A new comprehensive analysis of the known health risks and benefits of marijuana concluded that it can be effectively used to treat chronic pain in some patients.
Released Thursday by the National Academies of Science, Engineering, and Medicine, the report analyzed over 10,000 scientific papers to come up with almost 100 conclusions regarding the possible uses and risks of marijuana. They largely regard unanswered questions and areas of insufficient research of the plant’s health benefits and potentially negative effects. But probably most important conclusion reached by the paper is that marijuana does have legitimate medical uses — a conclusion that calls into question the DEA’s decision to keep marijuana listed as a Schedule I drug, a substance of no medical use.
Up in smoke
Marijuana is a controversial topic. But, no matter what your personal opinion on the drug and on its use may be, there is one fact that I think we should all agree on: with so much literature pointing at possible health benefits, we should let our scientists test it out. The problem is that they can’t. Schedule I listing throws huge hurdles in the path of researchers that want to research marijuana or its components.
Right now, marijuana regulation is a bit foggy. Although banned at a federal level, several states have passed or enacted laws that allow for medical and recreational use. Despite this scientists are still struggling to get their hands on materials they can actually work with.
“It is often difficult for researchers to gain access to the quantity, quality, and type of cannabis product necessary to address specific research questions on the health effects of cannabis use,” concluded the paper, authored by a panel of experts led by Harvard pediatrician and public health researcher Marie McCormick.
The authors didn’t comment on the DEA’s decision to keep marijuana on the Schedule I list, saying that the issue fell outside the scope of a scientific review and into the political. This federal-level ban does raise some issues for future research: President Obama’s administration largely left the issue of legalization in each state’s hands, but it’s unclear if President-elect Trump will continue this lenient approach or enforce the federal law.
Trump’s nominee attorney general, Senator Jeff Sessions, has previously been critical of the former’s administration stance on the issue. During his confirmation hearings on Tuesday however, he said:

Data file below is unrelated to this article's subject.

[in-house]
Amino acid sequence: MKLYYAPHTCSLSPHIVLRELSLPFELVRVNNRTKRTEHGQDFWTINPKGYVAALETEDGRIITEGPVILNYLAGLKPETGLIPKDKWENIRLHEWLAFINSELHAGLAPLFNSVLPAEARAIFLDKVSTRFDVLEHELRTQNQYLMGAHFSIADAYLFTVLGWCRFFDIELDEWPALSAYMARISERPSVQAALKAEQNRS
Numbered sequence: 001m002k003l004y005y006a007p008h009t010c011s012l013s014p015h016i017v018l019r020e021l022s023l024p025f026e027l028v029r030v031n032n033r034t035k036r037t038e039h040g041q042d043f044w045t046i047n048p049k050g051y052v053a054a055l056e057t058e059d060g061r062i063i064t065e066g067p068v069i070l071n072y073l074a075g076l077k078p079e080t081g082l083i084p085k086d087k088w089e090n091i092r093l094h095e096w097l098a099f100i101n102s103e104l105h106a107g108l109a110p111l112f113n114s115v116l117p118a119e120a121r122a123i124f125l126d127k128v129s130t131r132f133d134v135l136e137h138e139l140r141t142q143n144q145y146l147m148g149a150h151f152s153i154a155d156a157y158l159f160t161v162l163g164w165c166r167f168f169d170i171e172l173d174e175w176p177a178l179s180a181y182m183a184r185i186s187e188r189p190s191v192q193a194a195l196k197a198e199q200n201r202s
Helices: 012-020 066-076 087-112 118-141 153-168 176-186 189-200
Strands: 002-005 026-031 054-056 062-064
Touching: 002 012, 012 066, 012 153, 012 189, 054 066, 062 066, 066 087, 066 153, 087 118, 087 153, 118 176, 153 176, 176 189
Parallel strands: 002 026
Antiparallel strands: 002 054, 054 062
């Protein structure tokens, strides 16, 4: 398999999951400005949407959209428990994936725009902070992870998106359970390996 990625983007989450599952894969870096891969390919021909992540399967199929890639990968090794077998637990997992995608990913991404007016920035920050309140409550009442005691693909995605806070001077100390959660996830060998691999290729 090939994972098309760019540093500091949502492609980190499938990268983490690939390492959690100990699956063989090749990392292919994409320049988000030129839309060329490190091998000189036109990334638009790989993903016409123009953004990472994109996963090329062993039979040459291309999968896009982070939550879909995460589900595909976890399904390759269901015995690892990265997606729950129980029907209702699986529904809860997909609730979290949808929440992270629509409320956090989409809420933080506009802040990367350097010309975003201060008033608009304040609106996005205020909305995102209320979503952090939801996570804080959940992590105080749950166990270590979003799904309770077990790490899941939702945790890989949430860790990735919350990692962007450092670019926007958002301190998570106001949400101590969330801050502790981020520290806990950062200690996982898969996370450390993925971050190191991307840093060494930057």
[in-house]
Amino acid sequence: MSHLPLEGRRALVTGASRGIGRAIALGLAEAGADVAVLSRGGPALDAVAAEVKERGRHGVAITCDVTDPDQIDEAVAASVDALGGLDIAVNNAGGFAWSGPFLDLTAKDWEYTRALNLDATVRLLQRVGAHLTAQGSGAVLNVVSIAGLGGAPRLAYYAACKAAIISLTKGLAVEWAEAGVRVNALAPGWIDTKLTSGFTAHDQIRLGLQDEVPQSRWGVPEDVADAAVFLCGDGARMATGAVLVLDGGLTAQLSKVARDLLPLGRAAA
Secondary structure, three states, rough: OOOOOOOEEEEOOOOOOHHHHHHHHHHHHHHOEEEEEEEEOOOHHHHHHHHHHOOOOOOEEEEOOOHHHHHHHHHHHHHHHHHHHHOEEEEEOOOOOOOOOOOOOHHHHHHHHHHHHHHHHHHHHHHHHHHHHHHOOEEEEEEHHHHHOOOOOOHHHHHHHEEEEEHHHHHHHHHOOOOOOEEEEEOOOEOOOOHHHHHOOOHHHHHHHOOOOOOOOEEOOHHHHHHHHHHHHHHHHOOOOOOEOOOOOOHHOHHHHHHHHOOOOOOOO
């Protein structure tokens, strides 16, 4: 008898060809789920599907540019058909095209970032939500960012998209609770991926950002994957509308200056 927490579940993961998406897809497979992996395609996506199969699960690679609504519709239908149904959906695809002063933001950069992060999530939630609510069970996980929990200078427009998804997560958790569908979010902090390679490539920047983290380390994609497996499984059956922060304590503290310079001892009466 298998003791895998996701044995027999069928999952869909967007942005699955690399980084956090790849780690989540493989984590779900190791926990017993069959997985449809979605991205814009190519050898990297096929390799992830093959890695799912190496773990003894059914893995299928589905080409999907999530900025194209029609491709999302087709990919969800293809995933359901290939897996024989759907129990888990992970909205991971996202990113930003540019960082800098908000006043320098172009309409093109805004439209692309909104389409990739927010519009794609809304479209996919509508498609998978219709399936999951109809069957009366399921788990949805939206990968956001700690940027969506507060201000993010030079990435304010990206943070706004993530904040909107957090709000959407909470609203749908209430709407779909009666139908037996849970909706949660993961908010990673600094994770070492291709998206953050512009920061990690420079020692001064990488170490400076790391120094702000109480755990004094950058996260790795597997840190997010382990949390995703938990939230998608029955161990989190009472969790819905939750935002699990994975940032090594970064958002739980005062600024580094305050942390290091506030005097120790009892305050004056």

“I won’t commit to never enforcing federal law […] I think some of [the Obama-administration’s measures] are truly valuable in evaluating cases”
“Using good judgment about how to handle these cases will be a responsibility of mine. I know it won’t be an easy decision, but I will try to do my duty in a fair and just way.”
Here are some of the other findings of the report
- Cannabis and cannabinoids are effective in treating chronic pain, particularly related to multiple sclerosis. The substances also show effectiveness in mitigating chemotherapy-related symptoms, such as nausea or vomiting.
- The paper found no links between these substances and smoking-induced cancers, such as lung or neck cancer. However, smoking may increase respiratory problems, like chronic phlegm, if it’s done on a regular basis.
- Smoking marijuana while pregnant seems to result in lower birth weights, but it’s unclear if there are any long-term effects for the children. However, states in which cannabis use is legal do show a small increase in child accidental poisoning cases.
- There is some evidence that smoking marijuana could trigger a heart attack. However, there’s not enough research done on the issue to offer a definite answer.
- There is some evidence that marijuana could have anti-inflammatory effects. However, there’s not enough research into how cannabis and cannabinoids interact with the immune system or how it affects those with compromised immune systems.
- Several papers point out that marijuana use could increase the risk of developing mental health issues such as schizophrenia, anxiety, and depression.
- Some evidence points to the fact that using marijuana may increase your chance of using other drugs — especially tobacco. The authors report a clear link between people who use cannabis and those who are prone do developing substance dependence.
- Cannabis use has an immediate effect on mental processes by impairing learning, memory, and attention. Some evidence suggests that these effects could persist in people after they’ve stopped smoking and that it could negatively impact education and employment for those who start off young
The authors hope their conclusions will help steer discussions, policies, and decisions on the issue of legalization that we’re bound to see in the coming years.
The full report “The Health Effects of Cannabis and Cannabinoids: The Current State of Evidence and Recommendations for Research (2017)” is available here.
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